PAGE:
Jimmy Buffett (RIP) Performs His New Song “Margaritaville,” Live in 1978: The Birth of a Song That Later Became a Business Empire

Jim­my Buf­fett wrote “Mar­gar­i­taville” in 1977.  It end­ed up being his only song to reach the pop Top 10. But the song car­ried him for the next 45 years. When you think Mar­gar­i­taville, you think of an easy-breezy way of life. And that sim­ple idea infused the brand of Buf­fet­t’s Mar­gar­i­taville busi­ness empire. Between the song’s birth and the singer’s death this week­end, Buf­fett cre­at­ed a Mar­gar­i­taville busi­ness empire that includ­ed bars, restau­rants, casi­nos, beach resorts, retire­ment com­mu­ni­ties, cruis­es, pack­aged foods, appar­el, footwear, and beyond. This spring, Buf­fett improb­a­bly made Forbes’ list of bil­lion­aires. Above, you can watch a young Jim­my Buf­fet per­form “Mar­gar­i­taville” in 1978, right at the begin­ning of the song’s long jour­ney from hit, to brand, to com­mer­cial empire.

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How Streaming Led to the TV Writers Strike: Four TV Writers Explain the Logic of the Strike

Though it’s too ear­ly to know what will turn out to be the defin­ing cul­tur­al expe­ri­ence of the twen­ty-twen­ties, I’d put my mon­ey on first hear­ing of an acclaimed tele­vi­sion show from one of its devot­ed fans only after it’s already been on the air for months or even years, if not after its lament­ed can­cel­la­tion. Part of this has to do with a change in quan­ti­ty, laid out by tele­vi­sion writer War­ren Leight in the Vox video above: “There used to be 80 shows in a year. Now you’re up to 500, 550 shows in a year,” many of them cre­at­ed not for tra­di­tion­al broad­cast net­works but for new­er, con­tent-hun­gri­er online stream­ing plat­forms. “For writ­ers, it was good because it gave peo­ple entry.”

Writ­ing for stream­ing, Leight explains, “you did­n’t have to wor­ry about com­mer­cial breaks” and their dra­mat­ic dis­rup­tions. Instead, “you get to write a dif­fer­ent struc­ture. Maybe it’s just an organ­ic three-act struc­ture to an hour.” And in short­er stream­ing sea­sons, “you could arc a sto­ry across eight episodes. You can go a lit­tle dark­er, you can go a lit­tle deep­er.”

But “as the episode orders have shrunk,” says Leight’s col­league Julia Yorks, “what used to be 40 weeks of the year that you were work­ing is now 20 weeks,” with an at-least-con­comi­tant reduc­tion in pay­checks. What­ev­er its artis­tic short­com­ings, the old “net­work mod­el” guar­an­teed a cer­tain degree of sta­bil­i­ty for those who wrote its shows — a sta­bil­i­ty dis­rupt­ed by the age of stream­ing.

Hence the ongo­ing Writ­ers Guild of Amer­i­ca strike, and the cen­tral­i­ty to the WGA’s demands of improved resid­u­als (that is, pay­ments made for a pro­duc­tion after its ini­tial run) from stream­ing media. But the pro­fes­sion­als inter­viewed for this video also express con­cerns about what hap­pens to the shows them­selves when their writ­ing gets sep­a­rat­ed from their pro­duc­tion, which has become increas­ing­ly com­mon in recent years. On the likes of Law and Order or Friends, says Yorks, “your show was being filmed con­cur­rent­ly when you were in the writ­ers’ room,” cre­at­ing nat­ur­al oppor­tu­ni­ties for con­tin­u­ous cross-dis­ci­pli­nary inter­ac­tion and col­lab­o­ra­tion. We may live in a “gold­en age of tele­vi­sion,” but left unchecked, the strain of this frag­men­ta­tion, as well as the finan­cial dif­fi­cul­ties imposed on writ­ers, could very well take the shine off of it.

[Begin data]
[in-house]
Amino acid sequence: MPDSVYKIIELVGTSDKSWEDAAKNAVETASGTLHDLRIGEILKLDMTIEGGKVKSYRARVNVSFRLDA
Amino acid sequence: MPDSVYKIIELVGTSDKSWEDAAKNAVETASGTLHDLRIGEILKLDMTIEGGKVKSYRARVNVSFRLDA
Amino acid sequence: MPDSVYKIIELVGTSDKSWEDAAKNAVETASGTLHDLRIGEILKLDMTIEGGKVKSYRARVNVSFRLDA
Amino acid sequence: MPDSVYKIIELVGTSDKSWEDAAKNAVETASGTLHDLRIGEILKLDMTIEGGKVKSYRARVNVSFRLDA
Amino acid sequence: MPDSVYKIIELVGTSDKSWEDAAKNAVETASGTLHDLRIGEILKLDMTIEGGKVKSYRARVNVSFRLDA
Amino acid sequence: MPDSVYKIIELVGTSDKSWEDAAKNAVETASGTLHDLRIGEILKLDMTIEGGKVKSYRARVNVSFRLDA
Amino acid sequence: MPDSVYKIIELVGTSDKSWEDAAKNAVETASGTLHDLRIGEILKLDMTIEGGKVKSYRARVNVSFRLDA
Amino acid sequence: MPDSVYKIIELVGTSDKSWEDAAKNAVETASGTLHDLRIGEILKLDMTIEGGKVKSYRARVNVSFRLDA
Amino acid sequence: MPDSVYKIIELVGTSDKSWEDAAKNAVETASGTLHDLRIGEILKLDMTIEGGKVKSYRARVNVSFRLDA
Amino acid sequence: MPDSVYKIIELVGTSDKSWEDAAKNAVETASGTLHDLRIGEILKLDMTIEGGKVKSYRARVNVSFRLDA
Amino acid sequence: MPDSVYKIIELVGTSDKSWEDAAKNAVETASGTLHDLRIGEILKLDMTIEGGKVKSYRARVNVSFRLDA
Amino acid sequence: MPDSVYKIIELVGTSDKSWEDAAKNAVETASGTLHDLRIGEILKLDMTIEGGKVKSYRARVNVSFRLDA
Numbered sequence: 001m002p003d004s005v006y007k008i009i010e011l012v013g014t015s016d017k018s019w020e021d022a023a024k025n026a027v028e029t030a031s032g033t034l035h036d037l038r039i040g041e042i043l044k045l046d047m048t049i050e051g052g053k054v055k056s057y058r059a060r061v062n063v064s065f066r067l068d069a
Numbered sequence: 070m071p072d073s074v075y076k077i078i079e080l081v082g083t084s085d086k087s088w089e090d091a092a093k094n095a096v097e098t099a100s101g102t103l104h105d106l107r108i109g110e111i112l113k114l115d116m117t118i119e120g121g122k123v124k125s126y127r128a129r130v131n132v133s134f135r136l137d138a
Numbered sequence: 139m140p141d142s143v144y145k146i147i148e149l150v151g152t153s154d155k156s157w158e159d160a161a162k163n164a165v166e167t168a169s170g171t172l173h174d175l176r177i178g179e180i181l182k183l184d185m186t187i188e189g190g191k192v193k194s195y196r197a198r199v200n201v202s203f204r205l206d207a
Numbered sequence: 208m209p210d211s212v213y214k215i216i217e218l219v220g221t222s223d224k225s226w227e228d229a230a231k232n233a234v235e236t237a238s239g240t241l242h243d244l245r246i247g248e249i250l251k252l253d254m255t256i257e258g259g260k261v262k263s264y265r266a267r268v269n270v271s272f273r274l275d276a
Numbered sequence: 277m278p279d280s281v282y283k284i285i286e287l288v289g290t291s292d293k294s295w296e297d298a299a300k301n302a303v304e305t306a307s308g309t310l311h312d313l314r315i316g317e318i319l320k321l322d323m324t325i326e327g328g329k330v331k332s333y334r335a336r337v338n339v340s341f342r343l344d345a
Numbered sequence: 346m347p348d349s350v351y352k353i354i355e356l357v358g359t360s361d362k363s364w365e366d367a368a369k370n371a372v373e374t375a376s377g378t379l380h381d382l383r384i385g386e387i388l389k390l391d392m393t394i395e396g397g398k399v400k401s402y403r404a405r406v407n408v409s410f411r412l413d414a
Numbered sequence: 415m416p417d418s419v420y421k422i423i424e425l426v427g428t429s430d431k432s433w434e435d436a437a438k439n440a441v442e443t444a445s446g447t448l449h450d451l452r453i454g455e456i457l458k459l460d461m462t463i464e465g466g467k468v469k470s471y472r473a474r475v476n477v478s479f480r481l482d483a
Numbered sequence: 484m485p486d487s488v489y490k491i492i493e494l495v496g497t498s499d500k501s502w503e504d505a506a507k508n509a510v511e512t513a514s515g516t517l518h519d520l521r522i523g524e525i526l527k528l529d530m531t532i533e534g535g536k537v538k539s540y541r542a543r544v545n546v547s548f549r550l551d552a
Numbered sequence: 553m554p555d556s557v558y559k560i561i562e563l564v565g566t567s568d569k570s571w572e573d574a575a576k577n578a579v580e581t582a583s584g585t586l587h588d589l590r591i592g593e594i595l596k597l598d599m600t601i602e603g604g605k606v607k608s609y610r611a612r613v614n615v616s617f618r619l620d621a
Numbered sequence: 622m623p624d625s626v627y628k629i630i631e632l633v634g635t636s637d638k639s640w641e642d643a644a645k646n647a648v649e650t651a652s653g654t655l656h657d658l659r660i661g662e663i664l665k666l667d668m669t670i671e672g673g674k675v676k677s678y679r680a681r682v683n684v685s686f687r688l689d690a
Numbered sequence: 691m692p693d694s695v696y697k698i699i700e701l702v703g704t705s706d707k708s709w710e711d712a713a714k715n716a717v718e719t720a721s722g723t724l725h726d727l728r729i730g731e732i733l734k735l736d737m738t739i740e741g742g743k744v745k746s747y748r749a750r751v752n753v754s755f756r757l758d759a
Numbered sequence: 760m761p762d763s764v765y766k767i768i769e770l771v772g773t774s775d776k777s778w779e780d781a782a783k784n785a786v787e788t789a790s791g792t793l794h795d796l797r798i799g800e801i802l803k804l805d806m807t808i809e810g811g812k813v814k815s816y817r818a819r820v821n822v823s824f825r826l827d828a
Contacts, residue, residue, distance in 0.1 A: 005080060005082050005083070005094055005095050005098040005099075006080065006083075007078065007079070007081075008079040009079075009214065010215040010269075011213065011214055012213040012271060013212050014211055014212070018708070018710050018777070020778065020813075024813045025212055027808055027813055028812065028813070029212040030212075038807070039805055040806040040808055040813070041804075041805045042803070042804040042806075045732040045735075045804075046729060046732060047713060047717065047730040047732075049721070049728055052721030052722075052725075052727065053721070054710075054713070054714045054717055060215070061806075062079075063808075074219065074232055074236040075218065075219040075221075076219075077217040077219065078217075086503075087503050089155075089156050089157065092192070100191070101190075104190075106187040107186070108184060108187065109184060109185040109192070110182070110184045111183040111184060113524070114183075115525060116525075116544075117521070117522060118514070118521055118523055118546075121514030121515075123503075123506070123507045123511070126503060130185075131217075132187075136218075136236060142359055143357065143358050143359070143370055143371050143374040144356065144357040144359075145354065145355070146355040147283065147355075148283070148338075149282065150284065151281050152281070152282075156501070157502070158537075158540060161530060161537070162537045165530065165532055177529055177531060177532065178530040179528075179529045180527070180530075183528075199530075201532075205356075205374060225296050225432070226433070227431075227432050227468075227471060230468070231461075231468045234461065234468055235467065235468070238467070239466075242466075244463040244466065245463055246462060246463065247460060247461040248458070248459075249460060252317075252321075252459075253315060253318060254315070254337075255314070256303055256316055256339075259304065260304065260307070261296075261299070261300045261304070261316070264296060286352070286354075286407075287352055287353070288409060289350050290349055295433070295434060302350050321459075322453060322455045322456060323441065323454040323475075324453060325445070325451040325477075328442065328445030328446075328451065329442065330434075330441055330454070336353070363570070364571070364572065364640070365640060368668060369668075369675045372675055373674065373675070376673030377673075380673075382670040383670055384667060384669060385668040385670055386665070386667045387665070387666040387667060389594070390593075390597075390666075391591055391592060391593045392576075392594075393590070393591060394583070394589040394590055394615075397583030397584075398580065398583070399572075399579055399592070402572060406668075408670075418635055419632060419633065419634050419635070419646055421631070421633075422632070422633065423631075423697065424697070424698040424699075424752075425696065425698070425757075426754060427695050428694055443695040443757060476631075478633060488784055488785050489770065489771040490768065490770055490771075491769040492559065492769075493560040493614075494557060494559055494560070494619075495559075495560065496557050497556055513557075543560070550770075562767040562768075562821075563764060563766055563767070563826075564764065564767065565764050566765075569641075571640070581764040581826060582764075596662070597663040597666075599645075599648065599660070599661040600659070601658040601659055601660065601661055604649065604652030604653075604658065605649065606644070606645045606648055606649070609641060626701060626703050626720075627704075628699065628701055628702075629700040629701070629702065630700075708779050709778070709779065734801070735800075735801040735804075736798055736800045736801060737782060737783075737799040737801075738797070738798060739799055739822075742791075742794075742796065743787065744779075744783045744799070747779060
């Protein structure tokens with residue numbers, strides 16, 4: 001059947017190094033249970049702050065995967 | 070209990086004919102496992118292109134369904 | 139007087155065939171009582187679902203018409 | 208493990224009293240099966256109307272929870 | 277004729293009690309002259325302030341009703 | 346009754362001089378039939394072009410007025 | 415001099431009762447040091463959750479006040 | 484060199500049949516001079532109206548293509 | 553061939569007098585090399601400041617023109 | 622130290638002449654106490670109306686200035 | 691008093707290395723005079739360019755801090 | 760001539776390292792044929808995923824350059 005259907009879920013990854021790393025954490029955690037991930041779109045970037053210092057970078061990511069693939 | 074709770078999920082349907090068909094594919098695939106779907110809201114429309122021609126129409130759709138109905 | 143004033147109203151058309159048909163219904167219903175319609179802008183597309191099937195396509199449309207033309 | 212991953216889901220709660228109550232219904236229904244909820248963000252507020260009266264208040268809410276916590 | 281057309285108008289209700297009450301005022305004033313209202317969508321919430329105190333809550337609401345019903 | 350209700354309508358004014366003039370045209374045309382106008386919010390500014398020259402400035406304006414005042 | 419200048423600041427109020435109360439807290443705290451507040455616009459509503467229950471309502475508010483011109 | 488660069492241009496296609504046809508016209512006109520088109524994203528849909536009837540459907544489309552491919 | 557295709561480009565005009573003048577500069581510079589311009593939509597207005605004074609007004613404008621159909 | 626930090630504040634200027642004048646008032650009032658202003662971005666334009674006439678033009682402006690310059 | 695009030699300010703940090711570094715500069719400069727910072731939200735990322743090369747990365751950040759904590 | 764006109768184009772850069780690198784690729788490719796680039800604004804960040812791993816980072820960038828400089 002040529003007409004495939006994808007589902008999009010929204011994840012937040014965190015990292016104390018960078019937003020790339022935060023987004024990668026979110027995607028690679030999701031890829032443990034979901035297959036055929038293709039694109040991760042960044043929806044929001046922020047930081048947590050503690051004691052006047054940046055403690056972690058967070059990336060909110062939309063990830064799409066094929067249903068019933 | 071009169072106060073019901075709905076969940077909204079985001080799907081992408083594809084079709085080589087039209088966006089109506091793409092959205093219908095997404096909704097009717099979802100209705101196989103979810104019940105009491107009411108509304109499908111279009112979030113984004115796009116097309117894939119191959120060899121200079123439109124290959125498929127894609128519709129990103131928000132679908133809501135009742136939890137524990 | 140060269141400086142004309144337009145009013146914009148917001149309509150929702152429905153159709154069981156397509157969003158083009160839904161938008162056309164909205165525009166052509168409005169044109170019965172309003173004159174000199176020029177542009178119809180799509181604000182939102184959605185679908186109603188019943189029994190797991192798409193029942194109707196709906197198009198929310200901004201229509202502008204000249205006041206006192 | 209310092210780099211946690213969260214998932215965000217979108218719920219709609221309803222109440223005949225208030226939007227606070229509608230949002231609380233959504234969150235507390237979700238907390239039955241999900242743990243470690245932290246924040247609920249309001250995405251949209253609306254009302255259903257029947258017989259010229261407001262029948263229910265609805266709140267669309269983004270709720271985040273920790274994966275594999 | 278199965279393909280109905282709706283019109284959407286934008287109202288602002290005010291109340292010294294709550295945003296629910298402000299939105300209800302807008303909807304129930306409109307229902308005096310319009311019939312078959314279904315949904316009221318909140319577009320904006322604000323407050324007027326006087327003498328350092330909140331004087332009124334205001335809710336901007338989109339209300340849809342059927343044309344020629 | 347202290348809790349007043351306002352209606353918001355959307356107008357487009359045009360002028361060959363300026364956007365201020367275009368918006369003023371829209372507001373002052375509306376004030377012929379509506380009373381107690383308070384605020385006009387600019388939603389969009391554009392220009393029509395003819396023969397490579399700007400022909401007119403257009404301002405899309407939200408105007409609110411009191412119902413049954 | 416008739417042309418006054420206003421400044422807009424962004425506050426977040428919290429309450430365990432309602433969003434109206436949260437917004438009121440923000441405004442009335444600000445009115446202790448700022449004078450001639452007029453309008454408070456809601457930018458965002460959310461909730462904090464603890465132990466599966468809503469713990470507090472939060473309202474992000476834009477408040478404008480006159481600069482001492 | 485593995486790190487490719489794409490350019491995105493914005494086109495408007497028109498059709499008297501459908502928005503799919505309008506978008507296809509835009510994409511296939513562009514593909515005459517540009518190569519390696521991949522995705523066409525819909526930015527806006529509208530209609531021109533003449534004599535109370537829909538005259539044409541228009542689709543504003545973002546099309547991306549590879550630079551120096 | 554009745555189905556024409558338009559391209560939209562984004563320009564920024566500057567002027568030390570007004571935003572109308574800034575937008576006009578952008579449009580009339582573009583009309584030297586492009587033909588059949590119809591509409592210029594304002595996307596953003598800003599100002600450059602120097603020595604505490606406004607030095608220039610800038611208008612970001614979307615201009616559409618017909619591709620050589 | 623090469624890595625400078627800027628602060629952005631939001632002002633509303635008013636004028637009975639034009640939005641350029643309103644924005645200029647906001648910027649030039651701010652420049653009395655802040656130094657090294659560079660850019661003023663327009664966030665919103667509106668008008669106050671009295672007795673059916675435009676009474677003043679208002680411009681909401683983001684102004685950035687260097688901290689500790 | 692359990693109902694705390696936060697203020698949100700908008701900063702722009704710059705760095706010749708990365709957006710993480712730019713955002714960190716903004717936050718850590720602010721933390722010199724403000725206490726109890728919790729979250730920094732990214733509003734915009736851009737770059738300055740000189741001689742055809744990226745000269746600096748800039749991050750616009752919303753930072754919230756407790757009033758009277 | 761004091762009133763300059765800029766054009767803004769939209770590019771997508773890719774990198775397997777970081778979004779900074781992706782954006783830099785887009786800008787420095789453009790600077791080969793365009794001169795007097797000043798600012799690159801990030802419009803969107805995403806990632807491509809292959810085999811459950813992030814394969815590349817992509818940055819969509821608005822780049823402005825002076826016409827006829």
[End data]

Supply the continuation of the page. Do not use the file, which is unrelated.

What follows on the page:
Relat­ed con­tent:

Har­lan Ellison’s Won­der­ful Rant on Why Writ­ers Should Always Get Paid

Ray­mond Chan­dler: There’s No Art of the Screen­play in Hol­ly­wood

How Break­ing Bad Craft­ed the Per­fect TV Pilot: A Video Essay

10 Tips From Bil­ly Wilder on How to Write a Good Screen­play

Based in Seoul, Col­in Marshall writes and broad­casts on cities, lan­guage, and cul­ture. His projects include the Sub­stack newslet­ter Books on Cities, the book The State­less City: a Walk through 21st-Cen­tu­ry Los Ange­les and the video series The City in Cin­e­ma. Fol­low him on Twit­ter at @colinmarshall or on Face­book.

Google & Coursera Launch New Career Certificates That Prepare Students for Jobs in 2–6 Months: Business Intelligence & Advanced Data Analytics

Back in 2021, Google launched a series of online cours­es designed to help stu­dents earn a pro­fes­sion­al cer­tifi­cate in six months and also land an entry-lev­el job. In its orig­i­nal offer­ing, Google devel­oped cer­tifi­cate pro­grams in five pro­fes­sion­al areas: User Expe­ri­ence (UX) Design, Data Ana­lyt­ics, Project Man­age­ment, IT Sup­port and IT Automa­tion. Now, the tech com­pa­ny has added two new pro­grams to its line­up, each offered through Cours­er­a’s online edu­ca­tion plat­form.

First, the Google Advanced Data Ana­lyt­ics Pro­fes­sion­al Cer­tifi­cate builds on the orig­i­nal Data Ana­lyt­ics Cer­tifi­cate and “delves into machine learn­ing, pre­dic­tive mod­el­ing, and exper­i­men­tal design to col­lect and ana­lyze large amounts of data.” Fea­tur­ing sev­en cours­es in total, the pro­gram takes rough­ly six months to com­plete and aims to teach stu­dents how to 1) build regres­sion and machine learn­ing mod­els to ana­lyze and inter­pret data, 2) cre­ate data visu­al­iza­tions and apply sta­tis­ti­cal meth­ods to inves­ti­gate data, and 3) com­mu­ni­cate insights from data analy­sis to stake­hold­ers. Essen­tial­ly, it teach­es many tools of the trade need­ed to become a senior data ana­lyst or junior data sci­en­tist.

With the Google Busi­ness Intel­li­gence Pro­fes­sion­al Cer­tifi­cate, stu­dents can par­tic­i­pate in a short­er pro­gram that focus­es on trans­form­ing data into action­able insights for orga­ni­za­tions. Con­sist­ing of three cours­es (and last­ing about two months), the pro­gram helps stu­dents learn skills like data mod­el­ing, data visu­al­iza­tion, and dashboarding–skills that have wide applic­a­bil­i­ty in our data-dri­ven age.